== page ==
When it is experienced that we are not separate from anything, when, in fact, there is no we at all, there is just one entwined consciousness appearing as everything, the the underpinnings of conflict cease to exist, unless, of course, if they do. This is the fundamental line in the sand that divides nonduality (ironically) from the rest of normative human experience. As long as there are identities contracted into their apparent form and belief systems, there will be conflict. This is the play of consciousness taking any form that can potentially exist.
Thus Advaita is utterly irrelevant to the individual seeking answers to the many political, economic, environmental, and social concerns of his time. But since this person is ultimately seen as an appearance in consciousness, the issue, no longer matters.
Thus we are left with a kind of conundrum.
Here is a solution that is modestly offered by Liberation from the Lie. Explore nonduality. Challenge your most accepted beliefs. See if there is validity to its description of the world. The language used in Liberation from the Lie is quite distinct from mainstream Advaita. The emphasis in Liberation is connection. We are connected on every level. Thus the message, if I may use that term, in Liberation is very similar to that of Advaita and here is where I will make my best effort at a solution to the crisis of living in a complex world.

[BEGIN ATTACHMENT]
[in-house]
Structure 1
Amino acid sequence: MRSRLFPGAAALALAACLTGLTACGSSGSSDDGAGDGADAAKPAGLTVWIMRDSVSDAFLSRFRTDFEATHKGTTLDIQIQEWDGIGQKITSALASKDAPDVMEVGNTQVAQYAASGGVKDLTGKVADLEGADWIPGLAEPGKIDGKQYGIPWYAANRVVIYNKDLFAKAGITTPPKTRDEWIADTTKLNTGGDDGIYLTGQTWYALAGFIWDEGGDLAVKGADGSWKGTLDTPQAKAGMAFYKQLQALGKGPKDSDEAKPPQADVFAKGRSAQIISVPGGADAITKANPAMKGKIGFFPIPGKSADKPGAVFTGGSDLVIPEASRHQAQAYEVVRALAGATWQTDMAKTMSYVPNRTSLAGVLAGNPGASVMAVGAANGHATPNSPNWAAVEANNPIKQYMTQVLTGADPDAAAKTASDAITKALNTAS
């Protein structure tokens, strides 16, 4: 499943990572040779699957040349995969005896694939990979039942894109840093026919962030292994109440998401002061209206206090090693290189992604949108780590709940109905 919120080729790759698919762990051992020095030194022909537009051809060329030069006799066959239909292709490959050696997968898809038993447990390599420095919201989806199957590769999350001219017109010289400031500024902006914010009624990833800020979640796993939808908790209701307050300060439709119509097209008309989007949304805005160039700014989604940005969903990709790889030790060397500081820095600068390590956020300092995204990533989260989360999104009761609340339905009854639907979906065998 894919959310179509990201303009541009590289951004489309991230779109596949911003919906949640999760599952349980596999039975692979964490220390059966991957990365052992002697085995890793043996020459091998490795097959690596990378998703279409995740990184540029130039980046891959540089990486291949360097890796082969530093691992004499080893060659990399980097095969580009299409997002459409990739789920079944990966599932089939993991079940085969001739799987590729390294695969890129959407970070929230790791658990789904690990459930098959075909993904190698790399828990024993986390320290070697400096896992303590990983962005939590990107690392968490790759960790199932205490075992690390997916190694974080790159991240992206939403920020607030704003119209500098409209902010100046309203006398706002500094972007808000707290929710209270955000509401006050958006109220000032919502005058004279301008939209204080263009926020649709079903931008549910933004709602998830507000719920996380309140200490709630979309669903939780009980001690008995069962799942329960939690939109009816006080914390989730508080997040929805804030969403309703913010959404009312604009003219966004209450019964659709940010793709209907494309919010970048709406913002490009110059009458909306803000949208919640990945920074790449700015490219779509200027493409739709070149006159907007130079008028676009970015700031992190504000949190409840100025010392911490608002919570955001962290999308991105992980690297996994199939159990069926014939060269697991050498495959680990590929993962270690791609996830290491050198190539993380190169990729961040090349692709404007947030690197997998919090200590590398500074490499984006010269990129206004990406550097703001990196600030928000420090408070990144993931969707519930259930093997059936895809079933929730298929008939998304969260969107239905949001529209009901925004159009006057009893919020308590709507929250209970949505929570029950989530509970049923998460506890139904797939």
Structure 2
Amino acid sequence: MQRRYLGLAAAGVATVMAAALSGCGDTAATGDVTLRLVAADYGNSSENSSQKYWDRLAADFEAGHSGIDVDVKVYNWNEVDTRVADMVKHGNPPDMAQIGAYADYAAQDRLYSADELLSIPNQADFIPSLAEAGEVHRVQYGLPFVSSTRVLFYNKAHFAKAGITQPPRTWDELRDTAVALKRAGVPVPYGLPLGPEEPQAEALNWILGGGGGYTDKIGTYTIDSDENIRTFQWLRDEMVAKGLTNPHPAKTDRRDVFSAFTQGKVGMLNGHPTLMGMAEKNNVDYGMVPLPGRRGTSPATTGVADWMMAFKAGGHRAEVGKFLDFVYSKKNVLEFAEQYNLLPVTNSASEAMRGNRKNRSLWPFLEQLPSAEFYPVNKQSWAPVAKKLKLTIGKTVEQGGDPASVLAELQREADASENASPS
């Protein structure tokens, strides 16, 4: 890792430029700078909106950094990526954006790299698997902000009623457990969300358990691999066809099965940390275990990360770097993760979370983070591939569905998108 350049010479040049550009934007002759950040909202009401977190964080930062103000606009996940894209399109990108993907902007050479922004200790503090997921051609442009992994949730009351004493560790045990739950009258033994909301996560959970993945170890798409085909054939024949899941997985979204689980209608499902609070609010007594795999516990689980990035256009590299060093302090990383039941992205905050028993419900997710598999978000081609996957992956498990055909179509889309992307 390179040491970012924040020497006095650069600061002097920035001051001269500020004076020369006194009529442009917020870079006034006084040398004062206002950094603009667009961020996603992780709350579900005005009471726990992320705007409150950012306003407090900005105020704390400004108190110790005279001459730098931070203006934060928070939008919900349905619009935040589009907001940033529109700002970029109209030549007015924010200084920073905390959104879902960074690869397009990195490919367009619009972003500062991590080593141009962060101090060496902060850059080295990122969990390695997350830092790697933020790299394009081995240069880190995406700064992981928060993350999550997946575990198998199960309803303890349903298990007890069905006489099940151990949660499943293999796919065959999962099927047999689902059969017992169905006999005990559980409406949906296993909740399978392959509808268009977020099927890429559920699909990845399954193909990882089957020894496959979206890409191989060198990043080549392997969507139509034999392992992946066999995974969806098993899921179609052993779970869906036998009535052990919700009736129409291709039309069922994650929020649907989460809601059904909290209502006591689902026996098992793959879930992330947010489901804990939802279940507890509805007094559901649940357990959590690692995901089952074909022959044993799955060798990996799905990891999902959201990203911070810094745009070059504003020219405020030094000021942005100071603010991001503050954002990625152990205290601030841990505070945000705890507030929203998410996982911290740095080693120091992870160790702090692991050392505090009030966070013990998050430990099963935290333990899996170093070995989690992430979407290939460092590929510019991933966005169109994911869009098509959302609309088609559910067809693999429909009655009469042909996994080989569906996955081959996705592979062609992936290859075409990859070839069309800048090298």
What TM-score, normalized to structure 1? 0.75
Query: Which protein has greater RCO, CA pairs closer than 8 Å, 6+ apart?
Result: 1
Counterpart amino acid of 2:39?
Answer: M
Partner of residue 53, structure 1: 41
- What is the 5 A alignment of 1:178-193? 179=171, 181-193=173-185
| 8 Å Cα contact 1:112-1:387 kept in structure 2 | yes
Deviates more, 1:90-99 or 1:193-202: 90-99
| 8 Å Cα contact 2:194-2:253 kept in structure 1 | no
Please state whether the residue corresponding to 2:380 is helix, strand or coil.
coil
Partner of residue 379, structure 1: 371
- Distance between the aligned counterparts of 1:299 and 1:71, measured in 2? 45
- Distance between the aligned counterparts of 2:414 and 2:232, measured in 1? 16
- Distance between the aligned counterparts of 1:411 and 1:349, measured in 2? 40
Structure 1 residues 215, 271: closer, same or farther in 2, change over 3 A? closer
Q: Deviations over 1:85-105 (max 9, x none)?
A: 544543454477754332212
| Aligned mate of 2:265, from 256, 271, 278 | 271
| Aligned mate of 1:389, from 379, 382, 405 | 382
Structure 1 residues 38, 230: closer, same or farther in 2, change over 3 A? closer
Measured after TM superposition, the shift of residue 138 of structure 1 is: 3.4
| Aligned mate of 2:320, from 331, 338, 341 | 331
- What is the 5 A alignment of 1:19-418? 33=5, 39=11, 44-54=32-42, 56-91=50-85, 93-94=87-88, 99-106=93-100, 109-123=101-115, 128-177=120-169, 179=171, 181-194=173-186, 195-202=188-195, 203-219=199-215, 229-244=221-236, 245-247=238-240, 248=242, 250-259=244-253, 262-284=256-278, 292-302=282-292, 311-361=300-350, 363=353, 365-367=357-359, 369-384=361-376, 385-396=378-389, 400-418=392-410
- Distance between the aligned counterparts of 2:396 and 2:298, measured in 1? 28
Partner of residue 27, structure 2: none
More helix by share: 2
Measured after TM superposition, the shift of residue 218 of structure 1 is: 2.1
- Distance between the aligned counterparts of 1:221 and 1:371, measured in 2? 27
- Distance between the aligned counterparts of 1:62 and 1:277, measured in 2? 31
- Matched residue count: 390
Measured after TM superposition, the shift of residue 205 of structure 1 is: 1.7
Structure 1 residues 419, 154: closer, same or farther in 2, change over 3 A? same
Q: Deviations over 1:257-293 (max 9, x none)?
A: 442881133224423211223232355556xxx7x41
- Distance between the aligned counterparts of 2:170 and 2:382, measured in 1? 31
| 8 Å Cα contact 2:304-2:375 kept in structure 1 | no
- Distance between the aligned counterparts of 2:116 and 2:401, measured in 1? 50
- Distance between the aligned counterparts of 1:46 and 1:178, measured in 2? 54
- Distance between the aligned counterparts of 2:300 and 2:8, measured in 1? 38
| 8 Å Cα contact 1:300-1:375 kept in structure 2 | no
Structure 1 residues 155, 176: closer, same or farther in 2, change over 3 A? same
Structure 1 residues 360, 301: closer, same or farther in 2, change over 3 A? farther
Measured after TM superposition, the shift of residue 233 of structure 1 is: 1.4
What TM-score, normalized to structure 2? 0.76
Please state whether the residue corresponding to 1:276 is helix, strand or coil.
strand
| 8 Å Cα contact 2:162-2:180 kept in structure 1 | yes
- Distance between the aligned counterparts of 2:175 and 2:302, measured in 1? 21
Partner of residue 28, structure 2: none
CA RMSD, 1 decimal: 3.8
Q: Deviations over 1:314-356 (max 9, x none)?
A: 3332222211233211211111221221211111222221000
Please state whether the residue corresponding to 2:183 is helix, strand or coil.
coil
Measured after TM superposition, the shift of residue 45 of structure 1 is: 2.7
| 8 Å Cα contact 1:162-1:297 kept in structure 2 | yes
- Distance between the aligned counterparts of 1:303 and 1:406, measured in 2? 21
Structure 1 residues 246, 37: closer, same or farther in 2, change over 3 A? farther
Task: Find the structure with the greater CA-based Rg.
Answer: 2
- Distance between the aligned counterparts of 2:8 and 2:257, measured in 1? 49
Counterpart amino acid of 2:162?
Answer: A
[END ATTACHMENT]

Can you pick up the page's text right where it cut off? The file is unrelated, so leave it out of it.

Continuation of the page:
It is true (it seems) that consciousness IS. And, it is true that we exist only Now, but consciousness manifests as infinite potential. When we see that we are all connected within the one consciousness, we can free ourselves of the need to defend ourselves. We can relax! And, when we relax, we can explore what we love, even if we are tied to a job we might not love. We can challenge ourselves to express our connection in an infinite number of ways. It’s all up to the consciousness that you are. I believe that consciousness molds this universe to be expressive – to sing its song. How else could we explain the incredible diversity of life and experience. Consciousness is endlessly creative and we are its tools. So take the leap into what you love. You will be very happy you did. Express yourself. Sing your song. Dance – think – ponder – do – build. And however your dreams and doings unfold, that too will be the play of consciousness.
This is the ultimate paradox of living. Yes, there is only this one consciousness, but it expresses itself in a myriad of forms. Its actions are always creative. We can play the game of creation for its own sake. This is your invitation.

  1. #1 by Anne on June 10, 2009 - 12:21 am

    Hi Eric,
    You wrote above, “When we see that we are all connected within the one consciousness, we can free ourselves of the need to defend ourselves.”

    The reason there is no need to defend ourselves is precisely because we are the one consciousness and there is no “me” to defend! How could there be a need to defend something or someone that does not exist?


    • #2 by Eric on June 10, 2009 - 8:20 am

      Exactly! Your understanding is profound. Anytime we write anything, we can never know who will be reading the words we are putting down in the cyber paper. Those words written by this body were for people still grappling with the core issue of identity. It is to that group that I primarily write.
      However, I have also found that identity is a very slippery subject. I have known and spoken to many very “evolved” people who used the same words, but were still attached to an idea they “needed” to have about themselves.